Management Unobtrusive Measures
Raymond M. Lee
  • LAST REVIEWED: 12 November 2018
  • LAST MODIFIED: 29 April 2015
  • DOI: 10.1093/obo/9780199846740-0048


It has long been understood that the act of eliciting data from research participants is capable of affecting the character of the responses obtained, and that the presence of the researcher within the research situation can introduce potentially distorting factors that need to be taken into consideration. Worries about the extent to which the social sciences rely on methods that are “reactive” have encouraged interest in what came to be dubbed “unobtrusive measures” (known also as “nonreactive measures”), sources of data that avoid problems caused by the researcher’s presence or involvement in the data-gathering process. Such sources include the physical traces produced by people as they traverse their environment, data derived from nonparticipant observation, and the use of documents of various kinds. The data produced by unobtrusive methods can be used alone, but an important strength of such methods is their use in combination with other methods so that the weaknesses inherent in data produced by one set of means can be offset by using data produced in a different way with different strengths and different weaknesses. A further important feature of the literature on unobtrusive measures is its stress on unusual, imaginative, or innovative sources of data rather than relying on the standard repertoire of approaches to be found in research methods textbooks.

General Overviews

Eugene Webb, Donald Campbell, Richard Schwartz, and Lee Sechrest introduced the concept of unobtrusive measures, and provided a host of examples of their use, in a book published in 1966 that has since become a classic (Webb, et al. 1966). Sechrest 1979 is a later edited collection that seeks to extend and elaborate on the original conception of unobtrusive measures from a variety of perspectives. In 1981 a revised and expanded edition of Webb, et al. 1966 appeared with a new title, Nonreactive Measures in the Social Sciences (Webb, et al. 1981). Since then a number of texts, such as Kellehear 1993 and Lee 2000, have appeared, seeking to reignite interest in the work of Webb, Campbell, Schwartz, and Sechrest, and to bring the uses of unobtrusive methods to new generations of students and researchers (see Webb, et al. 2000).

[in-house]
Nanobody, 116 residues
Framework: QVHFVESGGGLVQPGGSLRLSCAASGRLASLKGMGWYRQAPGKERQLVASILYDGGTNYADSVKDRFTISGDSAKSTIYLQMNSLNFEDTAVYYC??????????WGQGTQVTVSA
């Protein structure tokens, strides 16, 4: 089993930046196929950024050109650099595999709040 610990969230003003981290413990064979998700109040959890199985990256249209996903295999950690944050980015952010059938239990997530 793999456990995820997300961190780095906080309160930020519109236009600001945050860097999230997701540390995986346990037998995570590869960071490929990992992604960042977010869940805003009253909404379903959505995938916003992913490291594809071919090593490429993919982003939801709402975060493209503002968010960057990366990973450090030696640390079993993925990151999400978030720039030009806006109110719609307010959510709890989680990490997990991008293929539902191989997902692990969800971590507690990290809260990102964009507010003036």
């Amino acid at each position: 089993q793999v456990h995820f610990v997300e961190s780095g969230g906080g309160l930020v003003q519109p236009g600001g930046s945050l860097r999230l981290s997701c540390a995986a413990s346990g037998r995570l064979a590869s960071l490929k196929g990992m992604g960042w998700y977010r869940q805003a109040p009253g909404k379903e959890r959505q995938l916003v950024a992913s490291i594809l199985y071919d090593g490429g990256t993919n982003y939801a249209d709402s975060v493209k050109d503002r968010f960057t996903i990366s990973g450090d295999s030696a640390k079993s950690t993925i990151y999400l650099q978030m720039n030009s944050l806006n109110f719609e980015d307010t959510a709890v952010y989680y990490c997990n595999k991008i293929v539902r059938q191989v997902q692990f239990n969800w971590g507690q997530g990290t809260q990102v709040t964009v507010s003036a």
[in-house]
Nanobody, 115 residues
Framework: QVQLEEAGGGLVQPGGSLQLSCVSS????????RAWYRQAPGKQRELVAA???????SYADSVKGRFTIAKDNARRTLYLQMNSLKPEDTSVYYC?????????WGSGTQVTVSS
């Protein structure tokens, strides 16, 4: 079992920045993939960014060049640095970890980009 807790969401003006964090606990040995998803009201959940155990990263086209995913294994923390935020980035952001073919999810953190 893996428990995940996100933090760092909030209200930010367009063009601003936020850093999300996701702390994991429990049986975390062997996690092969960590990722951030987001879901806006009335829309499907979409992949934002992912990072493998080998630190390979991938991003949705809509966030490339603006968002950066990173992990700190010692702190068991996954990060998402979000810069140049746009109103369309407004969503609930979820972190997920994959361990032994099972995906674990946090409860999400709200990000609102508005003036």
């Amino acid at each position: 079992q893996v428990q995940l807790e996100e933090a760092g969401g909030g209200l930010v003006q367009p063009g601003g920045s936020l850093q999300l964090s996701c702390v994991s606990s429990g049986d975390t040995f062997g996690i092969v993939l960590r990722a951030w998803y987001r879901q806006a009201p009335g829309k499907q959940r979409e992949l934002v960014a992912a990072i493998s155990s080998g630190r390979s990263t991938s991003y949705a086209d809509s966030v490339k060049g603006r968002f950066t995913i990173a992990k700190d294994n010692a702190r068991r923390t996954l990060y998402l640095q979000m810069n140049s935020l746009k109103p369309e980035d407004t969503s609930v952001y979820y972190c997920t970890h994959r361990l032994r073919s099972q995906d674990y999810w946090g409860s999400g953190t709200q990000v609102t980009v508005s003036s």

• Kellehear, Allan. The Unobtrusive Researcher: A Guide to Methods. St. Leonards, Australia: Allen & Unwin, 1993.

    A short, well-written Australian text that makes a particularly useful introduction to the topic for students.

  • Lee, Raymond M. Unobtrusive Methods in Social Research. Buckingham, UK: Open University Press, 2000.

    A detailed overview of the literature on unobtrusive methods intended to bring up to date various aspects of the method.

  • Sechrest, Lee. Unobtrusive Measurement Today. New Directions for Methodology of Behavioral Science 1. San Francisco: Jossey-Bass, 1979.

    An edited collection intended to expand on the original formulation of the method and that contains detailed discussions of particular aspects of unobtrusive measures.

  • Webb, Eugene J., Donald T. Campbell, Richard D. Schwartz, and Lee Sechrest. Unobtrusive Measures: Nonreactive Research in the Social Sciences. Rand McNally Sociology Series. Chicago: Rand McNally, 1966.

    This is the original classic statement with many detailed examples of what unobtrusive measures are and why they are useful.

  • Webb, Eugene J., Donald T. Campbell, Richard D. Schwartz, and Lee Sechrest. Unobtrusive Measures. Rev. ed. Thousand Oaks, CA: SAGE, 2000.

    This book is a reprinted edition of the original 1966 text with a new and informative introduction by Schwartz and Sechrest.

  • Webb, Eugene J., Donald T. Campbell, Richard D. Schwartz, Lee Sechrest, and Janet Belew Grove. Nonreactive Measures in the Social Sciences. 2d ed. Boston: Houghton Mifflin, 1981.

    With a new title, an updated and expanded version of Webb, et al. 1966.

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